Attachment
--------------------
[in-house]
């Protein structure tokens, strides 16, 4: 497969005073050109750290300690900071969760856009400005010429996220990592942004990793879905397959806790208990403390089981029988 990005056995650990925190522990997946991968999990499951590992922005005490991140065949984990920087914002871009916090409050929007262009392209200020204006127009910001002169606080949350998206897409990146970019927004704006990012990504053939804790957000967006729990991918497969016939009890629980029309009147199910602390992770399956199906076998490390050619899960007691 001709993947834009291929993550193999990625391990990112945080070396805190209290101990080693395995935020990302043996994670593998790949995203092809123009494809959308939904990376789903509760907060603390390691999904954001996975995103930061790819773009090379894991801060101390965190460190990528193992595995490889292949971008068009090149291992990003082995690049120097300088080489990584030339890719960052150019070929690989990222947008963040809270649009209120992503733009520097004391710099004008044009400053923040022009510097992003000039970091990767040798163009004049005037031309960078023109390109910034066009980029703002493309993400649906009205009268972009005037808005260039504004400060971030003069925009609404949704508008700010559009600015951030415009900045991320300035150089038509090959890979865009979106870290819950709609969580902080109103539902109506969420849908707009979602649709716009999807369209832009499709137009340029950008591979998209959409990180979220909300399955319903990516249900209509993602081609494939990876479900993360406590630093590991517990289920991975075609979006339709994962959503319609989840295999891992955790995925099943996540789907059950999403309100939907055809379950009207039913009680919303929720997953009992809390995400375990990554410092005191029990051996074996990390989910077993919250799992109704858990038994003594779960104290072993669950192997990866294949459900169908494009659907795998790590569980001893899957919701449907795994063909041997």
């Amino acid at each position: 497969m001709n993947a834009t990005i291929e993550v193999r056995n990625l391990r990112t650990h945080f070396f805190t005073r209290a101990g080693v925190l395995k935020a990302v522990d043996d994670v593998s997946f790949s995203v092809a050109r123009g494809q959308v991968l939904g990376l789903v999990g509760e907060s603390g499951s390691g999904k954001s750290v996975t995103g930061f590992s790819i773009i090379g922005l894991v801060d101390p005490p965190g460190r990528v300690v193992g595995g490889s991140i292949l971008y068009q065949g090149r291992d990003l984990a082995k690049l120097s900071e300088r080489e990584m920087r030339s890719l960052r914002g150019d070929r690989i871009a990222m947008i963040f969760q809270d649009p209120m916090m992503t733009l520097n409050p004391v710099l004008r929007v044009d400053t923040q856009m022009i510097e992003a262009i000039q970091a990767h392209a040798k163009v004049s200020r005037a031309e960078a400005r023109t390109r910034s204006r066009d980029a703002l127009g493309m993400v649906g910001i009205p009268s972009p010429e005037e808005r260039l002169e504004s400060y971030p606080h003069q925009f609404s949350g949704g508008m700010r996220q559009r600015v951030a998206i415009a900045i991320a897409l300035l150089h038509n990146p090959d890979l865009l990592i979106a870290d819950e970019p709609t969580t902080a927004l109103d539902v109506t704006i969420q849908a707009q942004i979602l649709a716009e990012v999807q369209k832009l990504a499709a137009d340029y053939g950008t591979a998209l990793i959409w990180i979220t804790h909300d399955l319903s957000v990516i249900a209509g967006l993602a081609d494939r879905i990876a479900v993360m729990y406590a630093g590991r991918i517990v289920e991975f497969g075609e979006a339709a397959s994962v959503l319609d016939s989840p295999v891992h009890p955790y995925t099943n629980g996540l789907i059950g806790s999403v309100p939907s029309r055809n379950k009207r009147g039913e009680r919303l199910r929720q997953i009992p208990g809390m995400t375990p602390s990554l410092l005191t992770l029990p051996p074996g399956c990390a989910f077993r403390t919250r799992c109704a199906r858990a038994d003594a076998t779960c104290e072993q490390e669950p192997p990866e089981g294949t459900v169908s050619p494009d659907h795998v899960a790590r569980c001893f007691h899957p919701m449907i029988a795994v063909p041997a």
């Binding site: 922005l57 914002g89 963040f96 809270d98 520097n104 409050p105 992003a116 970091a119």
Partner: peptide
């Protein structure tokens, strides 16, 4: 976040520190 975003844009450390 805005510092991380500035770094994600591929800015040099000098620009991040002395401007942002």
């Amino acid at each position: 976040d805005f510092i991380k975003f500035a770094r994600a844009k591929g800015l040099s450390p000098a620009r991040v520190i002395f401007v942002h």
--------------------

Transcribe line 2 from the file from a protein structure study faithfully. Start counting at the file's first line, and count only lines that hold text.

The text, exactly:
């Protein structure tokens, strides 16, 4: 497969005073050109750290300690900071969760856009400005010429996220990592942004990793879905397959806790208990403390089981029988 990005056995650990925190522990997946991968999990499951590992922005005490991140065949984990920087914002871009916090409050929007262009392209200020204006127009910001002169606080949350998206897409990146970019927004704006990012990504053939804790957000967006729990991918497969016939009890629980029309009147199910602390992770399956199906076998490390050619899960007691 001709993947834009291929993550193999990625391990990112945080070396805190209290101990080693395995935020990302043996994670593998790949995203092809123009494809959308939904990376789903509760907060603390390691999904954001996975995103930061790819773009090379894991801060101390965190460190990528193992595995490889292949971008068009090149291992990003082995690049120097300088080489990584030339890719960052150019070929690989990222947008963040809270649009209120992503733009520097004391710099004008044009400053923040022009510097992003000039970091990767040798163009004049005037031309960078023109390109910034066009980029703002493309993400649906009205009268972009005037808005260039504004400060971030003069925009609404949704508008700010559009600015951030415009900045991320300035150089038509090959890979865009979106870290819950709609969580902080109103539902109506969420849908707009979602649709716009999807369209832009499709137009340029950008591979998209959409990180979220909300399955319903990516249900209509993602081609494939990876479900993360406590630093590991517990289920991975075609979006339709994962959503319609989840295999891992955790995925099943996540789907059950999403309100939907055809379950009207039913009680919303929720997953009992809390995400375990990554410092005191029990051996074996990390989910077993919250799992109704858990038994003594779960104290072993669950192997990866294949459900169908494009659907795998790590569980001893899957919701449907795994063909041997």